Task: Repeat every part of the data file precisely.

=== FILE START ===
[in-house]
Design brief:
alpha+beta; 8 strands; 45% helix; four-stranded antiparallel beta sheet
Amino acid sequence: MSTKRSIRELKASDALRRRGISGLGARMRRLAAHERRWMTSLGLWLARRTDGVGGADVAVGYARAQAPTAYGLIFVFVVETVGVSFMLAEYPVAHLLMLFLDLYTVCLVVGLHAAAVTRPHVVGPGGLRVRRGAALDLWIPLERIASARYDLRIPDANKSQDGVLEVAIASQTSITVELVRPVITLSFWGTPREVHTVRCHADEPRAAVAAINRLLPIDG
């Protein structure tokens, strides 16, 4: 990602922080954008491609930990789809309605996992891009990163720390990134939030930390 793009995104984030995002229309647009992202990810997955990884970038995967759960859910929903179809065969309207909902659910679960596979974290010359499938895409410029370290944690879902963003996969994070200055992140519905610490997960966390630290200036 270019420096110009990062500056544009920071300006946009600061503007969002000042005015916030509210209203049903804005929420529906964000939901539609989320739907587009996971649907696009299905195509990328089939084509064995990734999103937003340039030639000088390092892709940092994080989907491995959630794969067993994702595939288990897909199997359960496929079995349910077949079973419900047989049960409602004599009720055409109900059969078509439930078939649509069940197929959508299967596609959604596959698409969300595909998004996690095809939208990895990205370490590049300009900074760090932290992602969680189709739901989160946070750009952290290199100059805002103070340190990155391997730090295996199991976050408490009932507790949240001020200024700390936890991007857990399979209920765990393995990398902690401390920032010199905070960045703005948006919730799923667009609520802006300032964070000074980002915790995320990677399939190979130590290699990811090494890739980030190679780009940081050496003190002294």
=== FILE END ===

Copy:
[in-house]
Design brief:
alpha+beta; 8 strands; 45% helix; four-stranded antiparallel beta sheet
Amino acid sequence: MSTKRSIRELKASDALRRRGISGLGARMRRLAAHERRWMTSLGLWLARRTDGVGGADVAVGYARAQAPTAYGLIFVFVVETVGVSFMLAEYPVAHLLMLFLDLYTVCLVVGLHAAAVTRPHVVGPGGLRVRRGAALDLWIPLERIASARYDLRIPDANKSQDGVLEVAIASQTSITVELVRPVITLSFWGTPREVHTVRCHADEPRAAVAAINRLLPIDG
């Protein structure tokens, strides 16, 4: 990602922080954008491609930990789809309605996992891009990163720390990134939030930390 793009995104984030995002229309647009992202990810997955990884970038995967759960859910929903179809065969309207909902659910679960596979974290010359499938895409410029370290944690879902963003996969994070200055992140519905610490997960966390630290200036 270019420096110009990062500056544009920071300006946009600061503007969002000042005015916030509210209203049903804005929420529906964000939901539609989320739907587009996971649907696009299905195509990328089939084509064995990734999103937003340039030639000088390092892709940092994080989907491995959630794969067993994702595939288990897909199997359960496929079995349910077949079973419900047989049960409602004599009720055409109900059969078509439930078939649509069940197929959508299967596609959604596959698409969300595909998004996690095809939208990895990205370490590049300009900074760090932290992602969680189709739901989160946070750009952290290199100059805002103070340190990155391997730090295996199991976050408490009932507790949240001020200024700390936890991007857990399979209920765990393995990398902690401390920032010199905070960045703005948006919730799923667009609520802006300032964070000074980002915790995320990677399939190979130590290699990811090494890739980030190679780009940081050496003190002294």